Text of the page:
The ThreadLocal solution is problematic : the service is loaded and proxied only once, and this is performed in onEjbCreate(); once initialized, the proxied service is stored as an instance variable in the ejb instance. When a user method is invoked on the EJB, it just delegates the call to the service instance variable. The ThreadLocal approach requires that every ejb method being implemented this way :
      Code:
      public Result someMethod(Param p) {
        EjbContextHolder.setCtx(getSessionContext());
        try {
          return this.service.someMethod(p);
        } finally {
          EjbContextHolder.resetCtx();
        }
      }
      Notes:
      • EjbContextHolder stores a static ThreadLocal holding the EJBContext
      • This can be achieved in a cleaner template-like fashion, but still noisy.

      The other way of doing this would be to recreate the proxy for each call : in the wrap() method (as described in the inital post), I can also put the above code, but only the first line: the user still has to clean the ThreadLocal before leaving the method.

      The interceptor can then be implemented as follows :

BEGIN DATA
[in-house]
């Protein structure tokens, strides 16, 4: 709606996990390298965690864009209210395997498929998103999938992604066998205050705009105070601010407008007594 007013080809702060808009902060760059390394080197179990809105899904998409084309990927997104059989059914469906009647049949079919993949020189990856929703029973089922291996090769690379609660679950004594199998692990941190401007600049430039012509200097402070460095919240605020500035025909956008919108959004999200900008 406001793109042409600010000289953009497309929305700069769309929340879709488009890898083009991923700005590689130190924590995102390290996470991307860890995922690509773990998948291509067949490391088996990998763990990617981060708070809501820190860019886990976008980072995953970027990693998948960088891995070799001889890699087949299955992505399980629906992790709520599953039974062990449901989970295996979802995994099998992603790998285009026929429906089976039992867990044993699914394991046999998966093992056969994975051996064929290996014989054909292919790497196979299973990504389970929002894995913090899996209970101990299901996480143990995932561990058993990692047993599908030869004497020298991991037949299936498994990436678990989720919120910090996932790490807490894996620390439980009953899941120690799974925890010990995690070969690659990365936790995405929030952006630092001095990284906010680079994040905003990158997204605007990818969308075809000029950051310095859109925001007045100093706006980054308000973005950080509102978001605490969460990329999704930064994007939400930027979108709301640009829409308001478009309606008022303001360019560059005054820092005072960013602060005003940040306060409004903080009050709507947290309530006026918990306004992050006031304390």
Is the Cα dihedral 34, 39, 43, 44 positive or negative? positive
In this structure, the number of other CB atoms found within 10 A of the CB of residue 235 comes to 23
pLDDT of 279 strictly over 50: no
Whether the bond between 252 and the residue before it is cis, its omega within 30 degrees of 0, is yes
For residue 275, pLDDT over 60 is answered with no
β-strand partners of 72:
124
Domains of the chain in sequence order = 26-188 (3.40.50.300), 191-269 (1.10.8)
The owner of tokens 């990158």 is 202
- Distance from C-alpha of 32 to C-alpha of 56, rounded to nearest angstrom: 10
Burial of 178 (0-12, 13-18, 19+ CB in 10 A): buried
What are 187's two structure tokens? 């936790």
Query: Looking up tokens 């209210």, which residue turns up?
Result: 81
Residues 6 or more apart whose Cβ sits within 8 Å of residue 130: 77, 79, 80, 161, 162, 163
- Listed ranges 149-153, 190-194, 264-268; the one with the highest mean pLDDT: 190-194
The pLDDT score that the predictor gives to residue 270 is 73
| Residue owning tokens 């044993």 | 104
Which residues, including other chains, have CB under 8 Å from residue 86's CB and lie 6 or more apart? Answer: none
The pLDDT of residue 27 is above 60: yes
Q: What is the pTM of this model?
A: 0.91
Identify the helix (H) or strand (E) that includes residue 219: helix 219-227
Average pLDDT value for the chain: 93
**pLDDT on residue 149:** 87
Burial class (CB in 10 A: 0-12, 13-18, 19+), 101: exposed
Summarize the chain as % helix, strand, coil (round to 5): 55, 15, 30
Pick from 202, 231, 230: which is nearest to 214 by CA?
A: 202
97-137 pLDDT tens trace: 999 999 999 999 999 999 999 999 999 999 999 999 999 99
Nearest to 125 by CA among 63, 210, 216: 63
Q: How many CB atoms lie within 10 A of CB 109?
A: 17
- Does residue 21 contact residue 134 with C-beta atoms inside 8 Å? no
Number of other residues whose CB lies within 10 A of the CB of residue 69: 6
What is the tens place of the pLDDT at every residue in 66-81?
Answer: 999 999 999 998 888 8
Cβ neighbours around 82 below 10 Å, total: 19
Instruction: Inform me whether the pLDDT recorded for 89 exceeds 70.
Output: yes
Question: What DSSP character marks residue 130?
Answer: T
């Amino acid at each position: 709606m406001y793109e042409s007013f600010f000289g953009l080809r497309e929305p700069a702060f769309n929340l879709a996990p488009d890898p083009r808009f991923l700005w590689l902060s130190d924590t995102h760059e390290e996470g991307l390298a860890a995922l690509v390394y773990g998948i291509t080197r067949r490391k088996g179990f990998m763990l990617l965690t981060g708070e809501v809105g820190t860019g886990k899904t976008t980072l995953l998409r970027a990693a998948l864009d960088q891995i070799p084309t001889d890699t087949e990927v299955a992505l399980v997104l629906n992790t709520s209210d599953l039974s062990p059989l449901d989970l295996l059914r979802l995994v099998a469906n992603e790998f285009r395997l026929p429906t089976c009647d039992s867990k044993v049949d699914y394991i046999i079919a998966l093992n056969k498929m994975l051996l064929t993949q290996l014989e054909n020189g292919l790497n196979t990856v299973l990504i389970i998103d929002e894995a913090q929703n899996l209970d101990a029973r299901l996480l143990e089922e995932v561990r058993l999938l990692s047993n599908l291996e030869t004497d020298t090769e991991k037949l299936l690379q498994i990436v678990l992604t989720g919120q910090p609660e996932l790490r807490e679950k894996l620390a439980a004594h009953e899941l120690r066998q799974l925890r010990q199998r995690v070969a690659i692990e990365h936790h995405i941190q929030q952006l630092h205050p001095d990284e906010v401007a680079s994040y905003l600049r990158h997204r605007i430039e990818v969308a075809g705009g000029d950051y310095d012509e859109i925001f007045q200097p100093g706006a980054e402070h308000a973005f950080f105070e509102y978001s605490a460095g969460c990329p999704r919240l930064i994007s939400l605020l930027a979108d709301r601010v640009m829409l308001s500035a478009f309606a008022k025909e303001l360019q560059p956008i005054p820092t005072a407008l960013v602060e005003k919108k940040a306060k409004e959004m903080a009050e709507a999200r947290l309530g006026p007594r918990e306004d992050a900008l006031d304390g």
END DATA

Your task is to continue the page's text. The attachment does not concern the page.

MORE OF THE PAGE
Code:
      public Object invoke(MethodInvocation mi) throws Throwable {
        EJBContext ctx = EjbContextHolder.getCtx();
        // play with it
      }
      I don't like this solution for many reasons :
      • As a Spring developer, I prefer receiving an object as looking for it.
      • Any EJB method has to add this ugly piece of code around the service invocation. Further, as I have to inform the developer of putting this code around each invocation, why not directly inform them to put the interceptor business instead, wrapped in a clean template ? Why using AOP, then ?

      The proposed solution does not (as far as I can see) have any concurrency threat, as the ProxyFactory is a local variable, instanciated in onEjbCreate() (it does not hold any reference to an outside (shared) object). The Spring InvocationHandler that's used to create the Proxy is the JdkDynamicAopProxy, which holds a reference to that ProxyFactory (in the variable called advised - this is Spring's stuff). The invocation handler is then referenced by the created proxy (this is Sun's stuff), which becomes my wrapped service, which is in turn stored as an instance variable of the EJB. As the EJBContext is initialized exactly once by EJB instance (when setSessionContext() is invoked), I can be sure that the EJBContext referenced in the UserAttribute of the ProxyFactory (in the proposed ideal case) will not vary over ejb instance use.